Ramsey Sahyoun, head of M&A at Evergreen Services Group, and I quickly dove into the valuation discussion during an impromptu “How the heck are you?” conversation in the hallway on May 7. Ramsey is a details guy. I’m a sound bite guy. Something was bound to get lost in translation (by me) in that hallway. After a brief face-to-face catchup, email became the perfect method to capture Ramsey’s deeper thoughts in detail on May 8. Here’s the interview.
ChannelE2E: What impact does HaaS have on MSP valuations? Is there a downside?
Sahyoun: In our view, HaaS has a VERY negative impact on MSP valuations because of the capital expenditures (typically called Capex) required to use that business model. Capex is a real cash expense that we factor into our valuation on every acquisition we’ve made. MSPs that don’t do HaaS or private cloud typically have very little in the way of Capex (that’s one of the reasons we like MSPs!), so EBITDA generally approximates cash flow. With HaaS or private cloud businesses, there is so much Capex that cash flow is significantly lower than EBITDA. And that impacts valuation very negatively because we apply our multiple to cash flow.
We’ve now had conversations with over 700 MSP business owners and one of the unfortunate things I see is that they adopt HaaS because it makes their EBITDA look better. They compare their EBITDA margins to their peers and it makes them feel like they’re doing great, but they actually end up generating less cash flow. It’s unfortunate because it has a negative impact on both the cash that an owner gets from his/her business every year and also on the ultimate valuation.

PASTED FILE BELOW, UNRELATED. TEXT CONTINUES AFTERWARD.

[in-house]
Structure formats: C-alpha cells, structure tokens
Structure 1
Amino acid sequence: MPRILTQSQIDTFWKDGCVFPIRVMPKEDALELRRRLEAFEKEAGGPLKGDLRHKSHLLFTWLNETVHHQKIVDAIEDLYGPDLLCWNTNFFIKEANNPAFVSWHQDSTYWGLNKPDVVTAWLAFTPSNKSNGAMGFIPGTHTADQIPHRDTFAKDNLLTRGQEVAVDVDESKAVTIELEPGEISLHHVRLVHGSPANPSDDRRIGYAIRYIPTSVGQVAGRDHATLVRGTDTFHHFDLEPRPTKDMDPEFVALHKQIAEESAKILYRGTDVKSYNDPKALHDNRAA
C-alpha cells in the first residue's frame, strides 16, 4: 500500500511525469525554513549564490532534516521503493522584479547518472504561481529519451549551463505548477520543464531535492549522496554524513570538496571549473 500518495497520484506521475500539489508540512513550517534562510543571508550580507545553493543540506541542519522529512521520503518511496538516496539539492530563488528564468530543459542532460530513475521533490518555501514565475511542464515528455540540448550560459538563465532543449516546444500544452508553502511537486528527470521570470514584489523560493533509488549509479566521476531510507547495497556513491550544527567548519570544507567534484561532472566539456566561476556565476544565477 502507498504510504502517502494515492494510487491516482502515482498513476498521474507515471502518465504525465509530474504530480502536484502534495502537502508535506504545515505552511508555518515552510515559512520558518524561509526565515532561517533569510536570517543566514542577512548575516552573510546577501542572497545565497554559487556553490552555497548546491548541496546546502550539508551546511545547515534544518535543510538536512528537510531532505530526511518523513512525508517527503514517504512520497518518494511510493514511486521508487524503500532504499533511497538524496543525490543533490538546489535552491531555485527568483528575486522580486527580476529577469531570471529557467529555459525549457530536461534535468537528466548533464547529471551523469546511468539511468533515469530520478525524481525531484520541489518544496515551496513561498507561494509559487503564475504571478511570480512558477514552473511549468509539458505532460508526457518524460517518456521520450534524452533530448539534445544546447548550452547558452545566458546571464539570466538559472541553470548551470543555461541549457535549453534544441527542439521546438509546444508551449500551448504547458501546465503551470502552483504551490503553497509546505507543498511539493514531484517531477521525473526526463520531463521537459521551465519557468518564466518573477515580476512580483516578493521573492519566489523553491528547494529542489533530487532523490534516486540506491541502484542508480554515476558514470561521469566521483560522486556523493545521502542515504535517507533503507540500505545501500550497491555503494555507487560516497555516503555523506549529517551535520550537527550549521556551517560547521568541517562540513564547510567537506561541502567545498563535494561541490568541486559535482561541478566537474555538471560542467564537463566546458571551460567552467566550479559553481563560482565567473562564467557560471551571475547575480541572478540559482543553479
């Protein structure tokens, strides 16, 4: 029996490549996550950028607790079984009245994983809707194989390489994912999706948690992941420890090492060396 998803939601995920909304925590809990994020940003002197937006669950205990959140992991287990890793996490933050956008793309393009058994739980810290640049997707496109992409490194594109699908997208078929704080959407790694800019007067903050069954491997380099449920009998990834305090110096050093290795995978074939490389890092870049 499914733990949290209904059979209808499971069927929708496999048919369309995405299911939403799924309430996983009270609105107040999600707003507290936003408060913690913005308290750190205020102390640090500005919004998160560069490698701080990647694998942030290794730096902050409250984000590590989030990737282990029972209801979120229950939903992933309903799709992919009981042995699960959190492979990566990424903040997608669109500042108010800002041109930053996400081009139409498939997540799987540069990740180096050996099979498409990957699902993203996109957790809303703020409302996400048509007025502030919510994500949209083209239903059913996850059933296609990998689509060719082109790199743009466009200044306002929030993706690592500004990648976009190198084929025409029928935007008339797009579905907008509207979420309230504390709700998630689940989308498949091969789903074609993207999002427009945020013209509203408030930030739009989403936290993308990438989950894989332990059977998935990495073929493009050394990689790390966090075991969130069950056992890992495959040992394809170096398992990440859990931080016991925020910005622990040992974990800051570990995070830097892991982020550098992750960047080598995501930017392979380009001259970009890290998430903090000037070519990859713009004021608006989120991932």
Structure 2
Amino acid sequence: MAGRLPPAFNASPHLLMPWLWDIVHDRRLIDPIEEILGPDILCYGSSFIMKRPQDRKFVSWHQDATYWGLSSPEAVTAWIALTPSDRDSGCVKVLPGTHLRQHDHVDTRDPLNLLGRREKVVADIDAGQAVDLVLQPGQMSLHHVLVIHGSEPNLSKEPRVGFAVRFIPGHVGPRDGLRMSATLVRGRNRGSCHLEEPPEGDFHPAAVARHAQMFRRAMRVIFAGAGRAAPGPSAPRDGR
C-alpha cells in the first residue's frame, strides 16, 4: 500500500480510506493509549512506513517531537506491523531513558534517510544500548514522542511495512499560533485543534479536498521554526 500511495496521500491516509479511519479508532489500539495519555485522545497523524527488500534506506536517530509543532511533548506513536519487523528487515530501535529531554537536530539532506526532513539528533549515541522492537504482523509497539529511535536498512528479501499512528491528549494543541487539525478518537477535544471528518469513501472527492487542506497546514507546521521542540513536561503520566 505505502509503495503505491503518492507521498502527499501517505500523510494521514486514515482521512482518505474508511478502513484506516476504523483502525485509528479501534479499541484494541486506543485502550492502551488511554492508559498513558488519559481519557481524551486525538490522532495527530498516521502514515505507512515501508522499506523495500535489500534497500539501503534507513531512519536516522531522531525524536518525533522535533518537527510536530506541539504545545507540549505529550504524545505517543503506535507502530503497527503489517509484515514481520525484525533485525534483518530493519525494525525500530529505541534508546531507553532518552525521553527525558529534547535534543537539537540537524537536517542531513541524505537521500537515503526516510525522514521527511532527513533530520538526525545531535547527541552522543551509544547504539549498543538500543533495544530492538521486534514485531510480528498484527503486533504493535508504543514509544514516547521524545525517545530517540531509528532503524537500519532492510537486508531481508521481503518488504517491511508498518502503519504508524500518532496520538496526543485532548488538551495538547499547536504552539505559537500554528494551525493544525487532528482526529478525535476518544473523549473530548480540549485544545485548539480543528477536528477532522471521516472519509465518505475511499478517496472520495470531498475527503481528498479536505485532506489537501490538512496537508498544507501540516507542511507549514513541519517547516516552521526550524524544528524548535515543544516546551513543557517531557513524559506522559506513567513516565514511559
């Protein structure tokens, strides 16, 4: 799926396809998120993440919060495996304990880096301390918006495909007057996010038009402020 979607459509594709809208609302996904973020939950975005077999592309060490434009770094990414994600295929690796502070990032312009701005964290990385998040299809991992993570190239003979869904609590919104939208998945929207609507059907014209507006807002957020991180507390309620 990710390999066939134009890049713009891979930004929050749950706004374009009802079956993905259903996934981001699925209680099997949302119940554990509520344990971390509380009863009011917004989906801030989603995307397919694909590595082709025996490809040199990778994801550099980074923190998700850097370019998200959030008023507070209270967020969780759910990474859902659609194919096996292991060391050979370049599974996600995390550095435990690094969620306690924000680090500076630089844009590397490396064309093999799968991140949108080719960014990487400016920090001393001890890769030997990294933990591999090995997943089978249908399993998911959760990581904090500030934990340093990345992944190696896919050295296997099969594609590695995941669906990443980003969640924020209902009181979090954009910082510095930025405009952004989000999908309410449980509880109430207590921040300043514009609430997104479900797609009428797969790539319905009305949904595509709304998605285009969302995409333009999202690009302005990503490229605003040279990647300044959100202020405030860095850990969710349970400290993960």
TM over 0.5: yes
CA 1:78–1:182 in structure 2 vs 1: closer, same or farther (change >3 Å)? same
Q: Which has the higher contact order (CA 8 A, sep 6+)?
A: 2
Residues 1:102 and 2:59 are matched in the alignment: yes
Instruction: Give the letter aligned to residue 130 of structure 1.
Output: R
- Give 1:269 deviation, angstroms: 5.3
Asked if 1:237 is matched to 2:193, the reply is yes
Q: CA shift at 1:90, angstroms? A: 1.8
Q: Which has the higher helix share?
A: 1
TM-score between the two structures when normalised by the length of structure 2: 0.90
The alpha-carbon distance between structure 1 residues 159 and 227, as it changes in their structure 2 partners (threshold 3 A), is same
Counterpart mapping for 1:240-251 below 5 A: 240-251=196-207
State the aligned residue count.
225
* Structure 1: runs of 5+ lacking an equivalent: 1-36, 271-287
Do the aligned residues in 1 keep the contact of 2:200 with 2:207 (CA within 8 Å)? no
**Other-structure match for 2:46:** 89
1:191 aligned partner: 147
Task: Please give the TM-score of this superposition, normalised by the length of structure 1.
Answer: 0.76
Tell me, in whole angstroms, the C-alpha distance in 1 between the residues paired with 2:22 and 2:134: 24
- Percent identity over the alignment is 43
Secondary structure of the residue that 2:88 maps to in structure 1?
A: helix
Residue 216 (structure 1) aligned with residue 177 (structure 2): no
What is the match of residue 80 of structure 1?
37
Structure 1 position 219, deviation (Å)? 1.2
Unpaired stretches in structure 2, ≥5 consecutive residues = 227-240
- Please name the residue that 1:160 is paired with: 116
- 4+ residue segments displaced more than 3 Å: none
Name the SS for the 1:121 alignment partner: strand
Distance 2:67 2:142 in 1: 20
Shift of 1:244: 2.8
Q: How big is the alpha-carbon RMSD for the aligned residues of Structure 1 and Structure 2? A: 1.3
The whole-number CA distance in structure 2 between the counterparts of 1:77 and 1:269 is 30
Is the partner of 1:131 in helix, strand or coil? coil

The only saving grace about HaaS is that it turns hardware into a recurring revenue stream, so it will improve a company’s revenue mix. For example, our threshold for recurring revenue is 50%, so sometimes HaaS can help an MSP get into a recurring revenue % that will appeal to buyers. But overall, we’d much rather see managed services revenue itself be 50%+ of the total and we won’t value HaaS revenue as highly as managed services.